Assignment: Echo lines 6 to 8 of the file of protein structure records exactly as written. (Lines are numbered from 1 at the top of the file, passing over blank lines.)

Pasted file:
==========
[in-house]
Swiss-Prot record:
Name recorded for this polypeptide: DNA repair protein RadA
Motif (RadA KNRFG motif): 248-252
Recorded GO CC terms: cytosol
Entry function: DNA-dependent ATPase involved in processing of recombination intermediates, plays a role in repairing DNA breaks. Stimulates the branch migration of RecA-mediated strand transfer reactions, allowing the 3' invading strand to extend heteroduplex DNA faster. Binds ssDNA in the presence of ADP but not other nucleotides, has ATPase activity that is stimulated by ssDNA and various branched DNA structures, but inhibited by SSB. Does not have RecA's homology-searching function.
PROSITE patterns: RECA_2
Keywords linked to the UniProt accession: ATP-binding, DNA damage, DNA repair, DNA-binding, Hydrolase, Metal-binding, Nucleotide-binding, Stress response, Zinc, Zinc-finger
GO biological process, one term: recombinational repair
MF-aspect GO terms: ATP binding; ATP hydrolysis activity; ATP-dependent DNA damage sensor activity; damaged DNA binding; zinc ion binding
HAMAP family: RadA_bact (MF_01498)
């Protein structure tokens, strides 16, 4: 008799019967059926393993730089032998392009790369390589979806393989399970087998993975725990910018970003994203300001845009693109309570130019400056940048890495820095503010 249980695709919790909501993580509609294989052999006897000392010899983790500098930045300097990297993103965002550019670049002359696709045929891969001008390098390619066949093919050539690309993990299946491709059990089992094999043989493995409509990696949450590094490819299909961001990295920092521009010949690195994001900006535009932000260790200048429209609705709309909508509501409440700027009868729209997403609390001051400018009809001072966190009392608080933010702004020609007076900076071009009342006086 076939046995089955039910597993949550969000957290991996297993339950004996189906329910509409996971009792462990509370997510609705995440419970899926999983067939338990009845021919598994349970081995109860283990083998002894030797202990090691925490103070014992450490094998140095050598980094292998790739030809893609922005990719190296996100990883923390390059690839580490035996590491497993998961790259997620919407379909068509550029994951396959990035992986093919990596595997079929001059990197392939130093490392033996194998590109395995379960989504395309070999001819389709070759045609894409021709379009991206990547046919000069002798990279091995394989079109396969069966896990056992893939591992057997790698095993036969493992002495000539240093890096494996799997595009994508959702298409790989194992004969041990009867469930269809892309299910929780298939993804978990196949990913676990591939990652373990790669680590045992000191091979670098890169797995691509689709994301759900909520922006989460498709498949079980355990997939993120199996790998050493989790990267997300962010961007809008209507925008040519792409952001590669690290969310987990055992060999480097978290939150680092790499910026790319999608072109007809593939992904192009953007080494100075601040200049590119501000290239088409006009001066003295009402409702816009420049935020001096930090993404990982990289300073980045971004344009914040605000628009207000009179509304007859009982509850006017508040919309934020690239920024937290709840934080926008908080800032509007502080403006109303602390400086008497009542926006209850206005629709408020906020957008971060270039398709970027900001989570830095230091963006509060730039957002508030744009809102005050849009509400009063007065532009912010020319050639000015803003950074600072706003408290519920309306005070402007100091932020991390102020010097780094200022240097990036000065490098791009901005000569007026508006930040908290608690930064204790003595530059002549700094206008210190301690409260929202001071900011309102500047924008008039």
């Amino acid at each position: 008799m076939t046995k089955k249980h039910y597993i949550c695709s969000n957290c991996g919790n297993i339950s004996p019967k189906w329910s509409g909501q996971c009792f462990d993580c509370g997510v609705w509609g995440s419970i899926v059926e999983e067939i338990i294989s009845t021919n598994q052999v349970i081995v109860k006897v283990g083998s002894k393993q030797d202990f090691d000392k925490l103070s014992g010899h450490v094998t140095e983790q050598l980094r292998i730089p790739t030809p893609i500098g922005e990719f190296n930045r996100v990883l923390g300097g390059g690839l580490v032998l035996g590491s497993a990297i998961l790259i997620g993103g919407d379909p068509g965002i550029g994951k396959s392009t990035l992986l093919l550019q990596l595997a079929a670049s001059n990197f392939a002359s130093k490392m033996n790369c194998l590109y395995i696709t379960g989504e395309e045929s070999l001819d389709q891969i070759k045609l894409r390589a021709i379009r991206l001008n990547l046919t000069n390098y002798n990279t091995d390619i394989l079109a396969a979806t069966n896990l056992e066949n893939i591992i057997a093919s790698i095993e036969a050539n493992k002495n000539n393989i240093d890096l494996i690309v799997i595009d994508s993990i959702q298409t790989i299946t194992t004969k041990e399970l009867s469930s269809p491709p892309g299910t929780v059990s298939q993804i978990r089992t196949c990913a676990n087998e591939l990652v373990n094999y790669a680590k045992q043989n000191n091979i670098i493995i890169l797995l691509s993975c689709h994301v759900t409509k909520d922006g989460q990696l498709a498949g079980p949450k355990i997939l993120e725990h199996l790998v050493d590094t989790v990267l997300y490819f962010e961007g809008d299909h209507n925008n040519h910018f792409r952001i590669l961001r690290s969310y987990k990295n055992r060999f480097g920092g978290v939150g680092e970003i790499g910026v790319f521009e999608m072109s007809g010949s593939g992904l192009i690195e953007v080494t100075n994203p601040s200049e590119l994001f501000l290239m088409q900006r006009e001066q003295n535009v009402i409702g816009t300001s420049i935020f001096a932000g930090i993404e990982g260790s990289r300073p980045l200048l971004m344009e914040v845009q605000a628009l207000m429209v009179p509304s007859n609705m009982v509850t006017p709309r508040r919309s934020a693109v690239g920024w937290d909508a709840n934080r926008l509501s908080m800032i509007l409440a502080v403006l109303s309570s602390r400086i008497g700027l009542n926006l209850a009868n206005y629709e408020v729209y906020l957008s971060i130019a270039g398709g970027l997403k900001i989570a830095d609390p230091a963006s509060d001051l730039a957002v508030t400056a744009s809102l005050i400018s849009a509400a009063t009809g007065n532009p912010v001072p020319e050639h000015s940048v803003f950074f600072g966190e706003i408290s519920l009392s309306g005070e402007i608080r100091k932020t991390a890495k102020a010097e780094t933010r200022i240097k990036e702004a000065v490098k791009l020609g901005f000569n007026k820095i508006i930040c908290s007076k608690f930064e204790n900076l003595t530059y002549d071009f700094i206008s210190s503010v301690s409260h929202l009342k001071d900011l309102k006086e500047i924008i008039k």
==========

Entry function: DNA-dependent ATPase involved in processing of recombination intermediates, plays a role in repairing DNA breaks. Stimulates the branch migration of RecA-mediated strand transfer reactions, allowing the 3' invading strand to extend heteroduplex DNA faster. Binds ssDNA in the presence of ADP but not other nucleotides, has ATPase activity that is stimulated by ssDNA and various branched DNA structures, but inhibited by SSB. Does not have RecA's homology-searching function.
PROSITE patterns: RECA_2
Keywords linked to the UniProt accession: ATP-binding, DNA damage, DNA repair, DNA-binding, Hydrolase, Metal-binding, Nucleotide-binding, Stress response, Zinc, Zinc-finger